Bradford's agent: 'There is no real competition'
Tom Condon, agent for Eagles quarterback Sam Bradford, spoke last Thursday to Andrew Brandt, a former agent and front office executive for NFL teams, including the Eagles, on Brandt's "Business of Sports" podcast, available at RossTucker.com.
Condon mostly reiterated points he made in a few interviews granted when he made public his request that Bradford be traded, a little more than a week ago. But Condon showed that he was aware of criticism of Bradford for not being willing to compete for the starting job with rookie Carson Wentz, whom the Eagles traded up to draft second overall last week.
"Clearly, if Sam's in the locker room, all of the other players -- the players always know what's going on -- ... they know that Sam's a short-term guy, and he's just there until the rookie is ready to go. So that's not a particularly favorable situation for (Bradford). And I know people say, 'Why doesn't he just compete and win the job?' There is no real competition" with a QB drafted so high, that a team had to expend extra resources to acquire, Condon said. "He's playing, and that's all there is to it.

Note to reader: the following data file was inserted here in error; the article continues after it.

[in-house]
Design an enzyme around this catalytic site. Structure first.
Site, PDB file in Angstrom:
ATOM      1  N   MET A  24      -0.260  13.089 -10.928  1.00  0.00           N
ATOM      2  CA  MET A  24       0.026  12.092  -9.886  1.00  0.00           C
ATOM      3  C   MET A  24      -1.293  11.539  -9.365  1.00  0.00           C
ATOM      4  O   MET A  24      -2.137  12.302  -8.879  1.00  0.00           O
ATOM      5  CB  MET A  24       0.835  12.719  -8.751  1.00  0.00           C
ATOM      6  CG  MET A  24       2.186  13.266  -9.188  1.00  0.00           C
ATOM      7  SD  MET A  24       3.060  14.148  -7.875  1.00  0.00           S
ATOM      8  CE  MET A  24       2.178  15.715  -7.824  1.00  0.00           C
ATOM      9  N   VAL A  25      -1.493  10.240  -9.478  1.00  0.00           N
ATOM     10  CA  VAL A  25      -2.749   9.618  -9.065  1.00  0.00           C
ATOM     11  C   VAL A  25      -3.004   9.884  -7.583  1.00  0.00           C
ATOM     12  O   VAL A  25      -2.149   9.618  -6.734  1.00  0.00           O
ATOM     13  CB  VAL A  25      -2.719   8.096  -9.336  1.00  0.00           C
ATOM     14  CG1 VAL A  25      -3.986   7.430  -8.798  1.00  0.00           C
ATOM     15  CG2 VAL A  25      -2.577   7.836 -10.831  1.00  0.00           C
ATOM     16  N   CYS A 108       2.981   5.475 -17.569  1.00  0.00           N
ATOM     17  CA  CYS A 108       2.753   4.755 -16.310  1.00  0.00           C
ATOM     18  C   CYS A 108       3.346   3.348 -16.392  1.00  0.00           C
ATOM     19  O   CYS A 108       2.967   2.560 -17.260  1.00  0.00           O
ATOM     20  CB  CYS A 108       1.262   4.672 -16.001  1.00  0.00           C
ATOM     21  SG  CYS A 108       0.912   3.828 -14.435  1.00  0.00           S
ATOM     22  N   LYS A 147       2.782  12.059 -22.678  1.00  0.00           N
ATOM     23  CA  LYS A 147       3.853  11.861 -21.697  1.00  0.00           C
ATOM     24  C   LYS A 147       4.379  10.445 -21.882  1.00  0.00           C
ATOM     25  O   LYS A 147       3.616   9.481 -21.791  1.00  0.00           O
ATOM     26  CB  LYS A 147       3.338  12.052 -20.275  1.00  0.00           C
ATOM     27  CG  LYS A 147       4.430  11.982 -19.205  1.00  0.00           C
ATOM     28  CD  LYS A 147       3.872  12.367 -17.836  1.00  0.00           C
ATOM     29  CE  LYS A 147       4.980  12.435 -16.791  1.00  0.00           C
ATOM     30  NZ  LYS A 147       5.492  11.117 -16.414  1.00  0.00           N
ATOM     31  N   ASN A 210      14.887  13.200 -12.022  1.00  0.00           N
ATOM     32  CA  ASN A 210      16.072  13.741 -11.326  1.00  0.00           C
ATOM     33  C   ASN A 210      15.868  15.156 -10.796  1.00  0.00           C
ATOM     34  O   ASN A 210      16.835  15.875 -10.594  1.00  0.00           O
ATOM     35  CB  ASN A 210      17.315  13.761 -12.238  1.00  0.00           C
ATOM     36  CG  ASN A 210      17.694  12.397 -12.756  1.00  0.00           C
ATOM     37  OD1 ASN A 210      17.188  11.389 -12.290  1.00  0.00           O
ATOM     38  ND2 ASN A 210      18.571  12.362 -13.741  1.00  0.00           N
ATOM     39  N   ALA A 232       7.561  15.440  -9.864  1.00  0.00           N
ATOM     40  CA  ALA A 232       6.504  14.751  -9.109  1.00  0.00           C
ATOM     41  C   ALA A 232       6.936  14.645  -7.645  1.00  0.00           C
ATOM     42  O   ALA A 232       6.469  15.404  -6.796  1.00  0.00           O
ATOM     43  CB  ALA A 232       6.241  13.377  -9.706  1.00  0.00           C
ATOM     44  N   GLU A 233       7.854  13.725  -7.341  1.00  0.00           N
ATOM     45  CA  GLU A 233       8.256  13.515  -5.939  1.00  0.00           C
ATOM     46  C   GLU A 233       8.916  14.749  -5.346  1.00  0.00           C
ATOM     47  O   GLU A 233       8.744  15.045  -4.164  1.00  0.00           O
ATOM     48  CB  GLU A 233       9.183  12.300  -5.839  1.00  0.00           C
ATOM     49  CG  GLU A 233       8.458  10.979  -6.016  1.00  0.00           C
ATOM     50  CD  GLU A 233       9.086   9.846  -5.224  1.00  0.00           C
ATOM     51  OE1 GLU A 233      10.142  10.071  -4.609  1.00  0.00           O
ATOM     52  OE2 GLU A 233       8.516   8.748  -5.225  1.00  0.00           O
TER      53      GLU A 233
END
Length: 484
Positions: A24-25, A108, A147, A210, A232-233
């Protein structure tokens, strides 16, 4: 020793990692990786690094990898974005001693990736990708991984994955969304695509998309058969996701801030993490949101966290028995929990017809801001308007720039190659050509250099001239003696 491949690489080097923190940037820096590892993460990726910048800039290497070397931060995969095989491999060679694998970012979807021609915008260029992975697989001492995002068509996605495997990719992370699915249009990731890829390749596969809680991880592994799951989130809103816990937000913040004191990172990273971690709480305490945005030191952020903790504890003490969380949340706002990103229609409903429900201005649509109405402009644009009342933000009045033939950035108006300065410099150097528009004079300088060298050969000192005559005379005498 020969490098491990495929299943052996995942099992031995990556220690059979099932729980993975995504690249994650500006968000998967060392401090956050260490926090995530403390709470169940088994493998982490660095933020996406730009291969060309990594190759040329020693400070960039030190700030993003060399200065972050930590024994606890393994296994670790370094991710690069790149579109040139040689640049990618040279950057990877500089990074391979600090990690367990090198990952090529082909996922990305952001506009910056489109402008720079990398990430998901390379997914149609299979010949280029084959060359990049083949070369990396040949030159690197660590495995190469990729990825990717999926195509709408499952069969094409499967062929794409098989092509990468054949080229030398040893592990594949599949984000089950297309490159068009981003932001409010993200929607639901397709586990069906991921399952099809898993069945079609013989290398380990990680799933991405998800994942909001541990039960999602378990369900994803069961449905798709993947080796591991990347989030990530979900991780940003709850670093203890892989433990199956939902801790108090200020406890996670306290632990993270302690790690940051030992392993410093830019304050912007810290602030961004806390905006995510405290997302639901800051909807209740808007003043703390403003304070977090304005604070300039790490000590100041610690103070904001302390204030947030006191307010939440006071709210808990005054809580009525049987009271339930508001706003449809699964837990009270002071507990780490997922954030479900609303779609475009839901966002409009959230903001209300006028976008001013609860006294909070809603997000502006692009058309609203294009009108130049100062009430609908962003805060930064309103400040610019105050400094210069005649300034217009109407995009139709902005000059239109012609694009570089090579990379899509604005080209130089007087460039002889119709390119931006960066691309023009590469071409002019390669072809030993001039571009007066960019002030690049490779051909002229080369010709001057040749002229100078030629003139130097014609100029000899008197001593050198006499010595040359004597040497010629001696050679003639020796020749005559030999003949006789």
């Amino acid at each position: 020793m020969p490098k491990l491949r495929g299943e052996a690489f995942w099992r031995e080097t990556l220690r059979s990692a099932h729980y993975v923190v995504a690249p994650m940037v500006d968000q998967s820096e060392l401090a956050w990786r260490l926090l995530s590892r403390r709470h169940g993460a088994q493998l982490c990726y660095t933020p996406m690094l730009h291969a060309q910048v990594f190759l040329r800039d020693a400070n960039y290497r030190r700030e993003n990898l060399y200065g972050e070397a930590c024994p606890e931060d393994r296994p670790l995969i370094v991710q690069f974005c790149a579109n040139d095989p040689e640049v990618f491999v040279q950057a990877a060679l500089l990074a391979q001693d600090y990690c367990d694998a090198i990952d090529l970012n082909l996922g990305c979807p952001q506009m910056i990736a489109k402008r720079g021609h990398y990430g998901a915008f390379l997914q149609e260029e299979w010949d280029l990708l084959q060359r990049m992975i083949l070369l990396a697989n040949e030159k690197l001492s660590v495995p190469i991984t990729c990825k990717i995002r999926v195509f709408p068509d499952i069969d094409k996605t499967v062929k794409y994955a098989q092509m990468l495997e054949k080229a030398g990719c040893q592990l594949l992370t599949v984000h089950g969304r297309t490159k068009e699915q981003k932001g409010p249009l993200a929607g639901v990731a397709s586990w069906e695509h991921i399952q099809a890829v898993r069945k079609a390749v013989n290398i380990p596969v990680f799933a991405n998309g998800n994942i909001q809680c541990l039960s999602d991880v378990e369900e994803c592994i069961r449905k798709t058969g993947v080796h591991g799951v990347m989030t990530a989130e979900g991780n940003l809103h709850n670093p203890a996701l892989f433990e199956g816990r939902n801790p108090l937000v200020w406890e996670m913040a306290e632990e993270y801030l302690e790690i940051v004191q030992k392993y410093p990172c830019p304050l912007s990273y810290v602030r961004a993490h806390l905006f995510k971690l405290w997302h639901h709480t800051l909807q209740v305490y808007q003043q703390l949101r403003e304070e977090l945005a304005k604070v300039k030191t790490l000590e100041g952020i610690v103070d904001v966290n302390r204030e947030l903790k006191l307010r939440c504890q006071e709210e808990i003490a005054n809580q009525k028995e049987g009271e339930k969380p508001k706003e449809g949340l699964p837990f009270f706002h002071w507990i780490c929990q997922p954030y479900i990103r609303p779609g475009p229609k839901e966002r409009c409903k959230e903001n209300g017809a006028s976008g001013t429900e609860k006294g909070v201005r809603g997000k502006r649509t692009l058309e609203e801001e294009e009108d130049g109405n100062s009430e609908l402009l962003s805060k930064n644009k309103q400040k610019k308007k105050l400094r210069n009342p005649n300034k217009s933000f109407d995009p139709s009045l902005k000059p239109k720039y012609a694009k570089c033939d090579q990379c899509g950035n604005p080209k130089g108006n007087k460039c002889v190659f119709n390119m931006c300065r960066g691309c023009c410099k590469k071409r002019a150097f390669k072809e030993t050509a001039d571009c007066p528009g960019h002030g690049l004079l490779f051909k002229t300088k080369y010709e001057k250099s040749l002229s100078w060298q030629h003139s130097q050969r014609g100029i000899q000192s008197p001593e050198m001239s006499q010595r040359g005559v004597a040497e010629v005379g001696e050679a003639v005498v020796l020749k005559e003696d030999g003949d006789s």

"Ideally, (Bradford) would get to go someplace and establish himself and be there for some lengthy period of time. That certainly isn't going to be in Philadelphia."
The Eagles have said Bradford is their starting quarterback this season. They would like to be competitive while giving Wentz plenty of time to adjust to the NFL -- he started just 23 games in college, all at the FCS level.
Brandt probed more than previous interviewers have into what Condon and Bradford were told by the Eagles when they signed Bradford's two-year, $35 million contract back at the beginning of March. That deal will pay $18 million this season.
"Certainly, the fervor that they pursued Sam (with), in terms of trying to get something done prior to the time free agency occurred would give you reason to believe that they valued Sam," Condon said. "Certainly, the dollar amount and the guarantee amount (indicated) they were committed to Sam as their starting quarterback. Somewhere in there, things changed, based on their evaluation of what they thought was potentially available in the longterm plans for the franchise."
Condon did not say Bradford was told he would be the longterm starter.
Condon reiterated that Bradford will not appear at voluntary workouts, which resume May 17 for veterans. (However, the podcast was recorded just before last week's draft, in which the prime possible Bradford destination, Denver, traded up to take quarterback Paxton Lynch in the first round. So we don't know for certain that position still holds. Condon has not responded to requests for comment from the Daily News.)
Condon said he would "hold off" on saying whether he would give back part or all of Bradford's $11 million signing bonus to gain his freedom.
Condon said dealing with fan outrage over Bradfford's desire to leave the Eagles is "not terribly pleasant," but he would do "whatever's required to get the result that's best for the client."